Please Note: This article is written for users of the following Microsoft Excel versions: 97, 2000, 2002, and 2003. If you are using a later version (Excel 2007 or later), this tip may not work for you. For a version of this tip written specifically for later versions of Excel, click here: Reordering the Display of a Data Series.

Reordering the Display of a Data Series

by Allen Wyatt
(last updated June 25, 2016)

When you create a chart in Excel, you may have a need to change the order in which the data series are displayed in the chart. One way to do this, of course, is to change the order of the data in the underlying worksheet range. For instance, you can sort the data in the worksheet range, and the change in order should be reflected in the chart based on that data.

Another way is to manually customize the chart to rearrange the data series. Follow these steps:

  1. Right-click on one of the data series that you want to move. Excel displays a Context menu.
  2. Select the Format Data Series option from the Context menu. Excel displays the Format Data Series dialog box.
  3. Make sure the Series Order tab is displayed. (See Figure 1.)
  4. Figure 1. The Series Order tab of the Format Data Series dialog box.

  5. Click on Move Up or Move Down to move the data series to a new relative location.
  6. If desired, select another data series in the Series Order list and repeat step 4.
  7. When finished, click on OK.

ExcelTips is your source for cost-effective Microsoft Excel training. This tip (2699) applies to Microsoft Excel 97, 2000, 2002, and 2003. You can find a version of this tip for the ribbon interface of Excel (Excel 2007 and later) here: Reordering the Display of a Data Series.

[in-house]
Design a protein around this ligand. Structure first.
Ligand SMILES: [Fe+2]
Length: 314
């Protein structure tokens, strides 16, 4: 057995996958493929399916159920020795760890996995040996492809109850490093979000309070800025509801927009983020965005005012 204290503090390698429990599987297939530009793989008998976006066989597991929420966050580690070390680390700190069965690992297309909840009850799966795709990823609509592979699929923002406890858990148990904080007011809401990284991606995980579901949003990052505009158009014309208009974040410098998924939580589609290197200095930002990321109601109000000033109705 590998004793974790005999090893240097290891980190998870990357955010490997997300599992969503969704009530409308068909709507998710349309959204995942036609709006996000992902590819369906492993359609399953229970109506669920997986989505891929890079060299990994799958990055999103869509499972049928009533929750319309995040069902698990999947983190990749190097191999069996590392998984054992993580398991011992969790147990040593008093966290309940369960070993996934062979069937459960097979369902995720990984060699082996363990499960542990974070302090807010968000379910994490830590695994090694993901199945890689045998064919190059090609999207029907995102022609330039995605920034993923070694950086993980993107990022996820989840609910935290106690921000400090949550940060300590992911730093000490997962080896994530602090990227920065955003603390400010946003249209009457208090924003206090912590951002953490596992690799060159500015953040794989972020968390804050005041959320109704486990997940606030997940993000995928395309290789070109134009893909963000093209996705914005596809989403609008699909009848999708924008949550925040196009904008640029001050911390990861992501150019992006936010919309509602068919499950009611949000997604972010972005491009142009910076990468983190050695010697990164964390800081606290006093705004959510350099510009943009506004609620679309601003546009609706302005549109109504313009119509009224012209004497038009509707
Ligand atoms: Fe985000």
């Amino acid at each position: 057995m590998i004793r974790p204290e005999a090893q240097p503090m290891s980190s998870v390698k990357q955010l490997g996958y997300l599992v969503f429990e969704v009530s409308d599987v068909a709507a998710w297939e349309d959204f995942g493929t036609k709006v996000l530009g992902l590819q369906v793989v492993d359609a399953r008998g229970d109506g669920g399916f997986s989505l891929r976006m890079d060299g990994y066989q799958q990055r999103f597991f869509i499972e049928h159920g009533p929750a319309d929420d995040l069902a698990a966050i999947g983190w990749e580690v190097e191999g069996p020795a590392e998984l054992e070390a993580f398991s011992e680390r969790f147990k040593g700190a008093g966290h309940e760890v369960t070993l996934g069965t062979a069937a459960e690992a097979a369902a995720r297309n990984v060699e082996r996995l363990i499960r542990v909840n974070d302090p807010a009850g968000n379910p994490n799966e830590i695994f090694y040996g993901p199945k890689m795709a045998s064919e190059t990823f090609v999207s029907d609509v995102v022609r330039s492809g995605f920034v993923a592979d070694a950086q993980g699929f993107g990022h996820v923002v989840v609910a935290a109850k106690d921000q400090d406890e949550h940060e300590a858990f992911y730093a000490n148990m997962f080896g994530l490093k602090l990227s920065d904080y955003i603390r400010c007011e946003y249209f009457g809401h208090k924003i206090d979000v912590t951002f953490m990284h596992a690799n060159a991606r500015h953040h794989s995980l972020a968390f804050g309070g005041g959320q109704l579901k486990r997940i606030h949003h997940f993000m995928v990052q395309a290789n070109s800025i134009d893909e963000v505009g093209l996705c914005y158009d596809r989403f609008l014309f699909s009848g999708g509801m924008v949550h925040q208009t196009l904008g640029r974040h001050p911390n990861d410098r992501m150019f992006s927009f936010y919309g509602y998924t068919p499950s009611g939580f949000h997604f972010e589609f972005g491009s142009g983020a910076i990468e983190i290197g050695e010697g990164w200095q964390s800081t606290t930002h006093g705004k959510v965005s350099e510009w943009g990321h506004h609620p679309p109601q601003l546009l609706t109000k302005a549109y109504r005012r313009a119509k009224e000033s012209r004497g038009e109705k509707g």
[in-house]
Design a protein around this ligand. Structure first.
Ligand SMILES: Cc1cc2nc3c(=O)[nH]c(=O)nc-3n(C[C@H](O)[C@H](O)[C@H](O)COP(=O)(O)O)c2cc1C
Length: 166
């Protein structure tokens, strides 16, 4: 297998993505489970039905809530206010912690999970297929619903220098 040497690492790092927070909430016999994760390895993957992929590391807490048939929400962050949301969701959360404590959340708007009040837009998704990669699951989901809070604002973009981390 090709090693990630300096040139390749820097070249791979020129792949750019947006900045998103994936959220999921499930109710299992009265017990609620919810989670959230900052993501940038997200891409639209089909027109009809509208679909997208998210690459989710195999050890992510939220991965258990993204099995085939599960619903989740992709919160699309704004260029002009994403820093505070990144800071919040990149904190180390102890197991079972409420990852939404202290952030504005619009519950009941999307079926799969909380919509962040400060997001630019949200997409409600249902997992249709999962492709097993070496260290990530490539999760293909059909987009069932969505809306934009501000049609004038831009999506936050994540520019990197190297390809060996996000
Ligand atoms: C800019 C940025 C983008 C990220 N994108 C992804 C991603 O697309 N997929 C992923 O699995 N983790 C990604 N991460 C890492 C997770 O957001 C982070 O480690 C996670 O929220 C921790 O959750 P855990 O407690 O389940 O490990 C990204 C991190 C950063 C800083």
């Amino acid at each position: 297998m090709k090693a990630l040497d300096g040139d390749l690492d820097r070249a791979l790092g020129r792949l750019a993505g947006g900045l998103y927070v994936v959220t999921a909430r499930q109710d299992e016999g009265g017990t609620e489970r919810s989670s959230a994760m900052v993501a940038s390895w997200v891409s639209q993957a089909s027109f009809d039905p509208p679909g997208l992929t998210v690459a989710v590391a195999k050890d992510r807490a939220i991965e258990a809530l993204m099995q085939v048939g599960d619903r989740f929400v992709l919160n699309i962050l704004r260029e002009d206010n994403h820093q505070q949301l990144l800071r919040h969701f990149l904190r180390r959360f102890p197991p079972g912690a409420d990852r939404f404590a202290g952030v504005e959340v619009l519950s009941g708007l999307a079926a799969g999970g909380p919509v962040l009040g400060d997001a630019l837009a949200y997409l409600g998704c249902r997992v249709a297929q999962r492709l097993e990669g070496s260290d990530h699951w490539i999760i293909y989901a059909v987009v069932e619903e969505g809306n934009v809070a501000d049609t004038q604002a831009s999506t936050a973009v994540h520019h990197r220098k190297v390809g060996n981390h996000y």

Author Bio

Allen Wyatt

With more than 50 non-fiction books and numerous magazine articles to his credit, Allen Wyatt is an internationally recognized author. He is president of Sharon Parq Associates, a computer and publishing services company. ...

MORE FROM ALLEN

Changing Character Color

Need to easily change the color of some selected text? A quick way to do it is with a custom macro that sets just the hue ...

Discover More

Understanding Point Sizes

Points are the common unit of measure for typefaces in the printing industry. They are also used quite often in Word. ...

Discover More

Using the Camera in VBA

The camera tool allows you to capture dynamic "pictures" of portions of a worksheet. If you want to use the camera tool ...

Discover More

Comprehensive VBA Guide Visual Basic for Applications (VBA) is the language used for writing macros in all Office programs. This complete guide shows both professionals and novices how to master VBA in order to customize the entire Office suite for their needs. Check out Mastering VBA for Office 2010 today!

More ExcelTips (menu)

Changing Chart Size

Place a chart on a worksheet and you may not be satisfied with its size. Changing the size of a chart is a simple process ...

Discover More

Selecting Fonts for a Chart

When formatting a chart, you might want to change the characteristics of the font used in various chart elements. This ...

Discover More

Noting a False Zero On a Chart

When creating charts that will be used by other people, you may need to take some liberties with the presentation of your ...

Discover More
Subscribe

FREE SERVICE: Get tips like this every week in ExcelTips, a free productivity newsletter. Enter your address and click "Subscribe."

View most recent newsletter.

Comments

If you would like to add an image to your comment (not an avatar, but an image to help in making the point of your comment), include the characters [{fig}] in your comment text. You’ll be prompted to upload your image when you submit the comment. Maximum image size is 6Mpixels. Images larger than 600px wide or 1000px tall will be reduced. Up to three images may be included in a comment. All images are subject to review. Commenting privileges may be curtailed if inappropriate images are posted.

What is four more than 9?

There are currently no comments for this tip. (Be the first to leave your comment—just use the simple form above!)


This Site

Got a version of Excel that uses the menu interface (Excel 97, Excel 2000, Excel 2002, or Excel 2003)? This site is for you! If you use a later version of Excel, visit our ExcelTips site focusing on the ribbon interface.

Newest Tips
Subscribe

FREE SERVICE: Get tips like this every week in ExcelTips, a free productivity newsletter. Enter your address and click "Subscribe."

(Your e-mail address is not shared with anyone, ever.)

View the most recent newsletter.